However, consider how you would approach the game if you were playing it in your native tongue. A friendly NPC starts to talk to you. Do you mash A to skip past his banal and longwinded description about rumors of dragons on the mountain that you were headed to anyway? You’ll end up doing that if you play in Japanese too. Boring or unimportant text is unlikely to become more interesting by making it more difficult.
Coming back to Monster Hunter, it’s a game that talks a lot without really saying anything. The villagers will talk at length about the lore, but as they’re yakking on and on I’m skimming until I see the key words helpfully highlighted in red. That’s when I wake up and actually pay attention, because I have a reason to read it. Skipping past a dozen text boxes to get to the fun part isn’t going to help your language skills. Make sure that reading those boxes is at least part of the fun, too.
Your brain is lazy. It will find the easiest way from A to B if you let it. Make sure your game has enough text to actually be worthwhile, or you’re just avoiding doing homework by pretending to study while playing. You could play Mario Kart in Japanese, and you might learn a few phrases here and there, but it’s easy to figure out how to start a race, and from that point, your mind will start to remember the physical position of the menu items.
Again, consider how you play the game in English. Do you sit down and read the words “Grand Prix- 1p- Start” every time? Or do you just absent mindedly click through until you’re ready to smash a koopa shell into Toad’s face?
One way to counteract these bad habits is to constantly say your choices out-loud. This is obviously much easier to do if you live by yourself, but I’m sure your spouse will understand if you quietly mutter スタート to yourself now and then.
THE BEST GAME(S)
With all these things in consideration, the best game for learning Japanese is…
The Legend of Zelda: Phantom Hourglass.
It’s easily available, cheap and with no region lock so if you are the owner of a DS or 3DS from any part of the world you’re an Ebay bid away from having it in your home.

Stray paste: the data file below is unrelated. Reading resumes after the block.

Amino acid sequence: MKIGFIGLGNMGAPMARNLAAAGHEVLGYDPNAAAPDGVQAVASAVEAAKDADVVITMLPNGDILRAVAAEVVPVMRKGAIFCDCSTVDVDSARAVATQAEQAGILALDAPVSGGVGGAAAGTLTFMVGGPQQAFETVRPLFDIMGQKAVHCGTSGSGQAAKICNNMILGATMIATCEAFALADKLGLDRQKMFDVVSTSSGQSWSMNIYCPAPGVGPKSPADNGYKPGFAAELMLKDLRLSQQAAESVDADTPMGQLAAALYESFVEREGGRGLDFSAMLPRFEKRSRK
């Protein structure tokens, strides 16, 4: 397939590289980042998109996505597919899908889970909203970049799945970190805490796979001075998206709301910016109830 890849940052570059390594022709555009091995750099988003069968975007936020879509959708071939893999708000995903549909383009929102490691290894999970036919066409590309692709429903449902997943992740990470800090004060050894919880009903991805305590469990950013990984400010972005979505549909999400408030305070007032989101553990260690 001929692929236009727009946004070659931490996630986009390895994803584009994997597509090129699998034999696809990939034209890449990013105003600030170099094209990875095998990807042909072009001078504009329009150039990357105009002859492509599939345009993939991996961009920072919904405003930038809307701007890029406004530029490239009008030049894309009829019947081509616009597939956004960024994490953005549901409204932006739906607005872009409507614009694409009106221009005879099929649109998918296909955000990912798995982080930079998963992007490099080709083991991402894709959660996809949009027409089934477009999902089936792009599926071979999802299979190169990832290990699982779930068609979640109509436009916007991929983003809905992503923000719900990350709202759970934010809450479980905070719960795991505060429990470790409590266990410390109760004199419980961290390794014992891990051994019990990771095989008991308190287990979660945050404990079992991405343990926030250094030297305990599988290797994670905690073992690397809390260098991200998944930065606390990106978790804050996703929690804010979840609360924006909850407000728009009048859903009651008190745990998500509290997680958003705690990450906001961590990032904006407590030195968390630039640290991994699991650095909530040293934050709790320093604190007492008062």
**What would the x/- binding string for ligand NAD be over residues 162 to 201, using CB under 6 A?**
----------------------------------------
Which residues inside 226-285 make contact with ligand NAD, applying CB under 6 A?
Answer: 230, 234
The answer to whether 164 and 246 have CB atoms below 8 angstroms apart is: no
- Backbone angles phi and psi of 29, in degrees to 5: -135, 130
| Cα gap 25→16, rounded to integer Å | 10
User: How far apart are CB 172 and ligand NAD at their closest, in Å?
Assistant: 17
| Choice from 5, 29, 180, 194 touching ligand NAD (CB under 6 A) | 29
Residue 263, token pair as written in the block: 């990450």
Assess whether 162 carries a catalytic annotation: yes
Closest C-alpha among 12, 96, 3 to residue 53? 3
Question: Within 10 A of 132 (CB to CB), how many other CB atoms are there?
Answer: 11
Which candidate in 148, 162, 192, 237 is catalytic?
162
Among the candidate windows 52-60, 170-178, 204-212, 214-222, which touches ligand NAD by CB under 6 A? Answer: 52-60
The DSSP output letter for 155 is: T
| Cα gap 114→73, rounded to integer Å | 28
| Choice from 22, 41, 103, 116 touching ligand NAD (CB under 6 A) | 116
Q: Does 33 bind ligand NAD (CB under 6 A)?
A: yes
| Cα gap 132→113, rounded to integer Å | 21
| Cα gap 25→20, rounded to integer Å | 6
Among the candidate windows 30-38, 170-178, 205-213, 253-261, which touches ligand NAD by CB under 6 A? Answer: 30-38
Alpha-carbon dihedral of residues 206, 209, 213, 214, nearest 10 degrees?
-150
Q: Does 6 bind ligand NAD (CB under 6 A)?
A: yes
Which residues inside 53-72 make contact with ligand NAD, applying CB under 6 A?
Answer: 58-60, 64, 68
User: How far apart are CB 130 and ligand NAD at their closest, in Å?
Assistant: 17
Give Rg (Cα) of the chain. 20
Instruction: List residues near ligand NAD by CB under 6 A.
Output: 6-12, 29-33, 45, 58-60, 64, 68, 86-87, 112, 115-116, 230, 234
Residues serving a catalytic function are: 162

One of the better gimmicks to come from the touch screen is the ability to draw on your map using the touch screen. This leads to many puzzles in which you must read and understand instructions, apply that knowledge, and mark down your solution in order to proceed. The language has purpose. If you do not engage with it, if you disregard it, you cannot continue. It forces you to pay attention.
There is a good balance of language and playtime. Games with walls of text like Phoenix Wright can be helpful when you’re a bit more advanced, but they can also be mentally taxing with little room for respite.
But without a doubt the best thing about it is the way it handles kanji. It’s a game aimed towards younger folk, so the language is still fairly basic, but kanji can still be seen in dialogue and explanations. If an unfamiliar word pops up, and you want to know the furigana, you can simply press on the word using the touch screen. This means that if you don’t know the reading it’s easy to check, but the answer is not there immediately giving you a reason try yourself first. It means that words that are completely alien to you are much easier to look up in the dictionary, but you can test yourself with those that have cropped up a dozen times in your playthrough.
And if you enjoyed playing through this game, Spirit Tracks has all the same bonus points, and trains! CHOO CHOO!
It has purpose! It has optional furigana! It has charming dialogue! It’s the perfect game to learn Japanese!
(Just don’t mention the Temple of the Ocean King, okay?)
Find me playing games and talking about life in Fukuoka on Twitter @CraigedyCraig.